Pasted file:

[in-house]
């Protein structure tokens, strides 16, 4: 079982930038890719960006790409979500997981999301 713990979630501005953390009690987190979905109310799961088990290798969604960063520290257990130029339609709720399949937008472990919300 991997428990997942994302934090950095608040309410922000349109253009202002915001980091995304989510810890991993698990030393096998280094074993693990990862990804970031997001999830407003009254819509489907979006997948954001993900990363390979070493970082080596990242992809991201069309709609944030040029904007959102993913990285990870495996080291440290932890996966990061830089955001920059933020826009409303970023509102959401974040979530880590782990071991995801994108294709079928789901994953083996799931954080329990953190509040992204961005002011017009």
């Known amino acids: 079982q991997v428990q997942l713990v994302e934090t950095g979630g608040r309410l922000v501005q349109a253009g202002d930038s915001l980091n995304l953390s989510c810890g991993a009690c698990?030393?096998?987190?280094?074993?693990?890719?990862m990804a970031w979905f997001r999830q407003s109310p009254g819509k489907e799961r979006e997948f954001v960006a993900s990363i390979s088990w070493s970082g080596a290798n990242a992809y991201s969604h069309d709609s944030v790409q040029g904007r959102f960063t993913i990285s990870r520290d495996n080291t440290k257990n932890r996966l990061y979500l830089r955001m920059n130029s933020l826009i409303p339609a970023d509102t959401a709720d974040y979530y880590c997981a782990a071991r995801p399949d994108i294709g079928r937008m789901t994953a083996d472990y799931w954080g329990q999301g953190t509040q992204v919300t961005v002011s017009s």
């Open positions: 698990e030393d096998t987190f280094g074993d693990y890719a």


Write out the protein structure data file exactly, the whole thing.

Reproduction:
[in-house]
């Protein structure tokens, strides 16, 4: 079982930038890719960006790409979500997981999301 713990979630501005953390009690987190979905109310799961088990290798969604960063520290257990130029339609709720399949937008472990919300 991997428990997942994302934090950095608040309410922000349109253009202002915001980091995304989510810890991993698990030393096998280094074993693990990862990804970031997001999830407003009254819509489907979006997948954001993900990363390979070493970082080596990242992809991201069309709609944030040029904007959102993913990285990870495996080291440290932890996966990061830089955001920059933020826009409303970023509102959401974040979530880590782990071991995801994108294709079928789901994953083996799931954080329990953190509040992204961005002011017009």
């Known amino acids: 079982q991997v428990q997942l713990v994302e934090t950095g979630g608040r309410l922000v501005q349109a253009g202002d930038s915001l980091n995304l953390s989510c810890g991993a009690c698990?030393?096998?987190?280094?074993?693990?890719?990862m990804a970031w979905f997001r999830q407003s109310p009254g819509k489907e799961r979006e997948f954001v960006a993900s990363i390979s088990w070493s970082g080596a290798n990242a992809y991201s969604h069309d709609s944030v790409q040029g904007r959102f960063t993913i990285s990870r520290d495996n080291t440290k257990n932890r996966l990061y979500l830089r955001m920059n130029s933020l826009i409303p339609a970023d509102t959401a709720d974040y979530y880590c997981a782990a071991r995801p399949d994108i294709g079928r937008m789901t994953a083996d472990y799931w954080g329990q999301g953190t509040q992204v919300t961005v002011s017009s």
């Open positions: 698990e030393d096998t987190f280094g074993d693990y890719a």